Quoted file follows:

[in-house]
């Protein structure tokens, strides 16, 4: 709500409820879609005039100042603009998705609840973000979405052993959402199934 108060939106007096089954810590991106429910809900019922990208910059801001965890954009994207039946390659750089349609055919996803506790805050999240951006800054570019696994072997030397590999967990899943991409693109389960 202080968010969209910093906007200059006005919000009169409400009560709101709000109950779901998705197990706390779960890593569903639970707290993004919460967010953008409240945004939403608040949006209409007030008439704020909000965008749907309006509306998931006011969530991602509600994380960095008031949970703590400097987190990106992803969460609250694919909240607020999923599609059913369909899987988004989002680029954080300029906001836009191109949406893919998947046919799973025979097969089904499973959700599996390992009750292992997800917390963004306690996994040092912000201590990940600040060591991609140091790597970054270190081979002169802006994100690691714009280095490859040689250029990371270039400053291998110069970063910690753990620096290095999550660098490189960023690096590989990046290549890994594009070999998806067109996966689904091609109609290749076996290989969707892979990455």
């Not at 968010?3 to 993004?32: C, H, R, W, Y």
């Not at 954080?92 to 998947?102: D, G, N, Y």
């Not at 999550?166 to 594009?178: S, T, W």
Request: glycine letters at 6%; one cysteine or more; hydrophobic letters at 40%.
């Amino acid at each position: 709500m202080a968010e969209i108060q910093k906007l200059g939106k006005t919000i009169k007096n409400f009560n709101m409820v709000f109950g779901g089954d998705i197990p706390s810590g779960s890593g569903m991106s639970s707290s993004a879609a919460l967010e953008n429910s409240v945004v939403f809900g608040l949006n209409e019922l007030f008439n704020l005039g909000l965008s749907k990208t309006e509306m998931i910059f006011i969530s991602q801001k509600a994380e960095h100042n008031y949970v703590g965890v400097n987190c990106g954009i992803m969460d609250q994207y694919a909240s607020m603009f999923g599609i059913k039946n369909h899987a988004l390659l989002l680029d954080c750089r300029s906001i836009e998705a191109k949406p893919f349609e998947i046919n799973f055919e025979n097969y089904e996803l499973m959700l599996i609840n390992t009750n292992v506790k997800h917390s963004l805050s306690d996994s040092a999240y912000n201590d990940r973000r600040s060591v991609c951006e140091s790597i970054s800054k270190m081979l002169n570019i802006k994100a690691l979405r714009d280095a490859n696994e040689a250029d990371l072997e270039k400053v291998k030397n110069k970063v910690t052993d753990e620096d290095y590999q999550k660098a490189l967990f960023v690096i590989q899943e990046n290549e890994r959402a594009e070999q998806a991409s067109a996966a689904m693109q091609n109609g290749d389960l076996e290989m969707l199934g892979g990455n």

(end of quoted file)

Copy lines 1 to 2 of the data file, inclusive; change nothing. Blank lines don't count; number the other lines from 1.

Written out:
[in-house]
């Protein structure tokens, strides 16, 4: 709500409820879609005039100042603009998705609840973000979405052993959402199934 108060939106007096089954810590991106429910809900019922990208910059801001965890954009994207039946390659750089349609055919996803506790805050999240951006800054570019696994072997030397590999967990899943991409693109389960 202080968010969209910093906007200059006005919000009169409400009560709101709000109950779901998705197990706390779960890593569903639970707290993004919460967010953008409240945004939403608040949006209409007030008439704020909000965008749907309006509306998931006011969530991602509600994380960095008031949970703590400097987190990106992803969460609250694919909240607020999923599609059913369909899987988004989002680029954080300029906001836009191109949406893919998947046919799973025979097969089904499973959700599996390992009750292992997800917390963004306690996994040092912000201590990940600040060591991609140091790597970054270190081979002169802006994100690691714009280095490859040689250029990371270039400053291998110069970063910690753990620096290095999550660098490189960023690096590989990046290549890994594009070999998806067109996966689904091609109609290749076996290989969707892979990455």